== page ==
As part of executive actions taken today by President Obama, federal agencies will step up research into smart gun technology.
Three agencies — the Department of Defense, Justice Department, and the Department of Homeland Security — have been directed by Obama "to conduct or sponsor research into gun safety technology," with the goal of decreasing problems of "accidental discharge or unauthorized use of firearms," according to the White House. The agencies have been given three months to create a "strategy designed to expedite the real-world deployment of such technology."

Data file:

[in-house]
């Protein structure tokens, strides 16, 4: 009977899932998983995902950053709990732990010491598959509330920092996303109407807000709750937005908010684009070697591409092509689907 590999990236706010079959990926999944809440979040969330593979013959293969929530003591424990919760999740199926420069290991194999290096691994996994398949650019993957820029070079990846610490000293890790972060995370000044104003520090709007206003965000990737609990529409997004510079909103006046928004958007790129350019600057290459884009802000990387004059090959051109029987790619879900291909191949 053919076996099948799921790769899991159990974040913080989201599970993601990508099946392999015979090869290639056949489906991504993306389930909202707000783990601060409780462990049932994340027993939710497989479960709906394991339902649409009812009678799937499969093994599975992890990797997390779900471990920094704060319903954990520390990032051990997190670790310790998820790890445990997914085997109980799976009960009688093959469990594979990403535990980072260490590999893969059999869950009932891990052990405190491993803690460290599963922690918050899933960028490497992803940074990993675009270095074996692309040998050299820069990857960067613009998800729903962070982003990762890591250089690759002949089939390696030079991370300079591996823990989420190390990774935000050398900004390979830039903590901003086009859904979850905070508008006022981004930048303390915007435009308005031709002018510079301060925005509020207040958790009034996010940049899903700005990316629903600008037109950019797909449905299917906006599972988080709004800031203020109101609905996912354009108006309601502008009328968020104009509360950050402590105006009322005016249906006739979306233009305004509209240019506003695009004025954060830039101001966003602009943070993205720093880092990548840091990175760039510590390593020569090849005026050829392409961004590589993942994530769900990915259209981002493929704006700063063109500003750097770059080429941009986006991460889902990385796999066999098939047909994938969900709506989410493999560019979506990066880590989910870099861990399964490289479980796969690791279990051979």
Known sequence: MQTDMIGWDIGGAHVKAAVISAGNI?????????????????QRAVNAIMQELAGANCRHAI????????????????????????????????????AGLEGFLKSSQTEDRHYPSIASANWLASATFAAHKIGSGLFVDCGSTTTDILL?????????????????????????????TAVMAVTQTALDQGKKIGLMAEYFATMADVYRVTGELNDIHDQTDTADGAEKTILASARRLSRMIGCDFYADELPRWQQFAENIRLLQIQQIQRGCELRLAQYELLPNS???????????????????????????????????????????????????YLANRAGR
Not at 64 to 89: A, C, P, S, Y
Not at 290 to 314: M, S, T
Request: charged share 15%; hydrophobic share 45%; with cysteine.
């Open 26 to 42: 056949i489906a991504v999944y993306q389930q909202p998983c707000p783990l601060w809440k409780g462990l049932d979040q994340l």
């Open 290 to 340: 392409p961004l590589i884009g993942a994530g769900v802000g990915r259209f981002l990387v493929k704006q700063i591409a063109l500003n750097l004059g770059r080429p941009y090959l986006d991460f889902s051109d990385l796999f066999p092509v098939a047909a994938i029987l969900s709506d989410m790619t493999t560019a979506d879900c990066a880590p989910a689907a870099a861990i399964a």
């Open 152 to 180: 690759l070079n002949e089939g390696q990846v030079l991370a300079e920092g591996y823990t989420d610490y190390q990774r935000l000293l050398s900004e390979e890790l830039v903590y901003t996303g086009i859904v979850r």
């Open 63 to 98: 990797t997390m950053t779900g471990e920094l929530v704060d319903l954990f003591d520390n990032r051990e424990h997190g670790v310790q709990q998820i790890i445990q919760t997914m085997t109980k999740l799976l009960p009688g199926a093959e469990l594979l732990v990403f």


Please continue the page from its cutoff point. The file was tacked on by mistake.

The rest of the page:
The idea behind that technology — usually called smart gun technology — has proven to have relatively simple technical answers with heated political ones. The guns, which are designed to only fire from the intended person at the intended time, have run up against controversy, with groups like the NRA arguing that the devices leave gun owners vulnerable to hackers or government control.
As The Washington Post reports, proponents of the technology are already hailing the move as a major change in the smart gun's fortunes, although the agencies still must determine what routes are available for studying the technology. In a speech announcing the executive actions, Obama said new technology would be a key factor in reducing gun violence. "We can set it up so you can't unlock your phone unless you've got the right fingerprint," he said. "Why can't we do the same thing for our guns?"